An Assessment of the Katrina Emergency Tax Relief Measures
This article appears in the New York University Law Review, December 2006 Issue: Volume 81, Number 6.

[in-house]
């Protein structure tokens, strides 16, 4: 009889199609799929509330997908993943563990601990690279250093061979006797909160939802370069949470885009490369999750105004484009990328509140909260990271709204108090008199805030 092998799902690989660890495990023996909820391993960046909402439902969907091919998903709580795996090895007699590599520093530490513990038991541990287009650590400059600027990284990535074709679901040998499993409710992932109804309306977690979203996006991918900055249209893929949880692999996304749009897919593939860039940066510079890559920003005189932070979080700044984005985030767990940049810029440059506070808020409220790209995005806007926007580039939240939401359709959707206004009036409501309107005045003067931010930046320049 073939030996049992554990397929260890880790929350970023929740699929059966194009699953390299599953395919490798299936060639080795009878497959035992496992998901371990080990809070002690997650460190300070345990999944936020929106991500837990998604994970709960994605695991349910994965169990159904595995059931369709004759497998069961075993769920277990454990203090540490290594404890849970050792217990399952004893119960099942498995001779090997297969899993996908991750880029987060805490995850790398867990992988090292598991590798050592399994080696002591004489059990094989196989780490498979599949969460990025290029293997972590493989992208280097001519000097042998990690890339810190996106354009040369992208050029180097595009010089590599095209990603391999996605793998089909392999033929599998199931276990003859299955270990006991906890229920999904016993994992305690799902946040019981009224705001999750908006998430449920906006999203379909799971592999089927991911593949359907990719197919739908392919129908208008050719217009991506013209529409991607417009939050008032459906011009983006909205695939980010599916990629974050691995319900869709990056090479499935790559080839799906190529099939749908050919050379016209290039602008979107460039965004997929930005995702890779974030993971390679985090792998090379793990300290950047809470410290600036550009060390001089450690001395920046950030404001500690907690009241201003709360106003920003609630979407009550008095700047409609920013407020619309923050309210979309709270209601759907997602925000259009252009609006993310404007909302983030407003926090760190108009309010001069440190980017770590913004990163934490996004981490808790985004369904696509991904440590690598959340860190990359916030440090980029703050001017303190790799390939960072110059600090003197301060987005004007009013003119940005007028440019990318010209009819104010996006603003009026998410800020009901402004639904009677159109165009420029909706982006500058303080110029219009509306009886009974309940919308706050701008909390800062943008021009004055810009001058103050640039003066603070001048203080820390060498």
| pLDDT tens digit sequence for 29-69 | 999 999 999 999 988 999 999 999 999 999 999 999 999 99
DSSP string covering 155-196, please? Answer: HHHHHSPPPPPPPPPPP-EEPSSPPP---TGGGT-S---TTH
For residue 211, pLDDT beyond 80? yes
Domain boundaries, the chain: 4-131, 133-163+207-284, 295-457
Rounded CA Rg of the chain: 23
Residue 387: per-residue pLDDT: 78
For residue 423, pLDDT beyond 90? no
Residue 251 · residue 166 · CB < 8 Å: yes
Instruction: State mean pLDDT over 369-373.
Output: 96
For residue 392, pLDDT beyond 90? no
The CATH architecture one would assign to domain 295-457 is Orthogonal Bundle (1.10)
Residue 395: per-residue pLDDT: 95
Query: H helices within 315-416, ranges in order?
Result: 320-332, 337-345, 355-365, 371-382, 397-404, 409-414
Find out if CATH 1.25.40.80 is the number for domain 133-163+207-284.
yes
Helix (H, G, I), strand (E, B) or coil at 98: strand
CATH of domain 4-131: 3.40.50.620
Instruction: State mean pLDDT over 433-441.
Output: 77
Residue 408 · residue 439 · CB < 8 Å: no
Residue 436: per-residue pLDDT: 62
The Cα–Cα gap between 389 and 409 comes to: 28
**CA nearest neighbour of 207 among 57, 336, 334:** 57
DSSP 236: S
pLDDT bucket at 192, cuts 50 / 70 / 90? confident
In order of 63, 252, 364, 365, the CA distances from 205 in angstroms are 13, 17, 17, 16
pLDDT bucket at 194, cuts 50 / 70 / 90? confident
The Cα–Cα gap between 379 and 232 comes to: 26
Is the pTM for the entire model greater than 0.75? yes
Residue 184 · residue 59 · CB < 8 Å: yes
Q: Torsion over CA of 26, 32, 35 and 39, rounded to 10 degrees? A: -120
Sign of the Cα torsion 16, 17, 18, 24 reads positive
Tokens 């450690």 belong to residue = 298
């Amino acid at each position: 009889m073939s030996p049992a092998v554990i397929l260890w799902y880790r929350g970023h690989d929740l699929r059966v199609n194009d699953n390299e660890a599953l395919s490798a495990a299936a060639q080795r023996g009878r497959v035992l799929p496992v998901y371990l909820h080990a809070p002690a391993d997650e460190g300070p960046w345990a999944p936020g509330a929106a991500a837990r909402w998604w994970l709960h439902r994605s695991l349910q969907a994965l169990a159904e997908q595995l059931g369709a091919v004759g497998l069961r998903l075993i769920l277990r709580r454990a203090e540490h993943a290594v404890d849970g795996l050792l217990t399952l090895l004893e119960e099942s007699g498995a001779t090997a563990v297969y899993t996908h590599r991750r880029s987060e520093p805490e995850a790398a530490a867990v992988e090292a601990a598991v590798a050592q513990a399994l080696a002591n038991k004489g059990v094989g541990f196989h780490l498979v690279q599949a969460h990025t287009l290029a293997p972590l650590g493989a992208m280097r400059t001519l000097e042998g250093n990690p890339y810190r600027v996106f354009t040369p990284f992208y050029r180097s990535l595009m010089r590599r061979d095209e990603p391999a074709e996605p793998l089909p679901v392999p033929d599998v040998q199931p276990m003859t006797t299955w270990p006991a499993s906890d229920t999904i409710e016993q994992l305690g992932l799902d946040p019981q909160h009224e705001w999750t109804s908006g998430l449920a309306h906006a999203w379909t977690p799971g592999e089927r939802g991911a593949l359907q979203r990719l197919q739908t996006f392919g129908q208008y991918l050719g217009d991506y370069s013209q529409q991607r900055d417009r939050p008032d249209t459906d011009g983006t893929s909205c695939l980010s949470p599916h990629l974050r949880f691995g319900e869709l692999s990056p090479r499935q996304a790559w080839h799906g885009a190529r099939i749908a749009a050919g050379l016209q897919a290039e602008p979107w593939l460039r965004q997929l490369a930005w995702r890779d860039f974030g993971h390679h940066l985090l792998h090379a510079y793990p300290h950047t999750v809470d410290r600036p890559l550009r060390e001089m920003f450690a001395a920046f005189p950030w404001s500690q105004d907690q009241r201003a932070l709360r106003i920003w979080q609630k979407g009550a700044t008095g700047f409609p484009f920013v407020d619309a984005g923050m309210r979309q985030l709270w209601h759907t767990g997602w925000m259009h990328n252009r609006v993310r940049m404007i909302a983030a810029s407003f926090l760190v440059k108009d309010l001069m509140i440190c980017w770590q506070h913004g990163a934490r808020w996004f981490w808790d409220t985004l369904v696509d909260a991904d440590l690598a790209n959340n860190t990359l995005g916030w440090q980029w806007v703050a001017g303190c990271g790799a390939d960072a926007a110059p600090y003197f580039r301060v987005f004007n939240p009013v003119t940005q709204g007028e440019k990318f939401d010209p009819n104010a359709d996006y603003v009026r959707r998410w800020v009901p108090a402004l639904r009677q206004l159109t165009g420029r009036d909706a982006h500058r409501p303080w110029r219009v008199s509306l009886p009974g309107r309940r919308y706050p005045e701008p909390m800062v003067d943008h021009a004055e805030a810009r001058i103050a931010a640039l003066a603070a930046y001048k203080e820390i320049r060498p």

Over the past several decades, Congress has turned increasingly to tax expenditures rather than to direct outlay programs to implement social welfare programs. Such a trend creates economic distortions and has proven disadvantageous to taxpayers in lower socioeconomic classes. The newest twist is in the area of disaster relief. Unprecedented before 2001, tax relief targeted to a disaster in a specific geographic region has now been established on two occasions-in the wake of the 9/11 attacks and in the aftermath of Hurricane Katrina. This Note argues that, in a disaster, both the vulnerability of lower-income taxpayers and the weaknesses of the Internal Revenue Code as an instrument for social programs are amplified. This problem was particularly acute after Hurricane Katrina. Congress should therefore reconsider the current trend toward using tax expenditures rather than direct relief in such situations, or alternately structure other relief to correct for its shortcomings.
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